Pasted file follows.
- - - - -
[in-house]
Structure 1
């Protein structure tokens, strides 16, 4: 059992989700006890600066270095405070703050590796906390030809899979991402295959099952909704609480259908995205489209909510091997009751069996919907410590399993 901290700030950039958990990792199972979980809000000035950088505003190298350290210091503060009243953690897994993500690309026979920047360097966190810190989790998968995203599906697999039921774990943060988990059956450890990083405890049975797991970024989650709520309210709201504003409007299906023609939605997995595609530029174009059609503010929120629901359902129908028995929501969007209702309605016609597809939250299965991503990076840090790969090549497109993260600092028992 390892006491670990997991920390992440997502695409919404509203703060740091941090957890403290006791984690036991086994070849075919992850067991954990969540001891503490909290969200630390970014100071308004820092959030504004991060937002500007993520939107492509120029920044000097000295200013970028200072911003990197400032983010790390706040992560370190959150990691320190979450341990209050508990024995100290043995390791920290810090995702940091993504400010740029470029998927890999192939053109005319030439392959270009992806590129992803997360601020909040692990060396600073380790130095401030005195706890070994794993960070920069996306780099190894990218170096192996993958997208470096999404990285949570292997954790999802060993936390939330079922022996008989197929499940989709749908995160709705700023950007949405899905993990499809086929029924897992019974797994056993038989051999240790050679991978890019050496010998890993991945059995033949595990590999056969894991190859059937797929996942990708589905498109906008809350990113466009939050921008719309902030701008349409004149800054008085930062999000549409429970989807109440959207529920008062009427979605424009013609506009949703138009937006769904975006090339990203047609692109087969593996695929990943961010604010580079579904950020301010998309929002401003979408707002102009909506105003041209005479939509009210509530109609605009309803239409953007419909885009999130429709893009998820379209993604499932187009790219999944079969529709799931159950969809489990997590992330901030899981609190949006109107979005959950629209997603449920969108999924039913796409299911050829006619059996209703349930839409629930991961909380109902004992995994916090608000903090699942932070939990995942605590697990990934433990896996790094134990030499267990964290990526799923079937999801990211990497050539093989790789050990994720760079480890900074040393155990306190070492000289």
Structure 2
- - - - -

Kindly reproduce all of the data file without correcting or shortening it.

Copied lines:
[in-house]
Structure 1
């Protein structure tokens, strides 16, 4: 059992989700006890600066270095405070703050590796906390030809899979991402295959099952909704609480259908995205489209909510091997009751069996919907410590399993 901290700030950039958990990792199972979980809000000035950088505003190298350290210091503060009243953690897994993500690309026979920047360097966190810190989790998968995203599906697999039921774990943060988990059956450890990083405890049975797991970024989650709520309210709201504003409007299906023609939605997995595609530029174009059609503010929120629901359902129908028995929501969007209702309605016609597809939250299965991503990076840090790969090549497109993260600092028992 390892006491670990997991920390992440997502695409919404509203703060740091941090957890403290006791984690036991086994070849075919992850067991954990969540001891503490909290969200630390970014100071308004820092959030504004991060937002500007993520939107492509120029920044000097000295200013970028200072911003990197400032983010790390706040992560370190959150990691320190979450341990209050508990024995100290043995390791920290810090995702940091993504400010740029470029998927890999192939053109005319030439392959270009992806590129992803997360601020909040692990060396600073380790130095401030005195706890070994794993960070920069996306780099190894990218170096192996993958997208470096999404990285949570292997954790999802060993936390939330079922022996008989197929499940989709749908995160709705700023950007949405899905993990499809086929029924897992019974797994056993038989051999240790050679991978890019050496010998890993991945059995033949595990590999056969894991190859059937797929996942990708589905498109906008809350990113466009939050921008719309902030701008349409004149800054008085930062999000549409429970989807109440959207529920008062009427979605424009013609506009949703138009937006769904975006090339990203047609692109087969593996695929990943961010604010580079579904950020301010998309929002401003979408707002102009909506105003041209005479939509009210509530109609605009309803239409953007419909885009999130429709893009998820379209993604499932187009790219999944079969529709799931159950969809489990997590992330901030899981609190949006109107979005959950629209997603449920969108999924039913796409299911050829006619059996209703349930839409629930991961909380109902004992995994916090608000903090699942932070939990995942605590697990990934433990896996790094134990030499267990964290990526799923079937999801990211990497050539093989790789050990994720760079480890900074040393155990306190070492000289």
Structure 2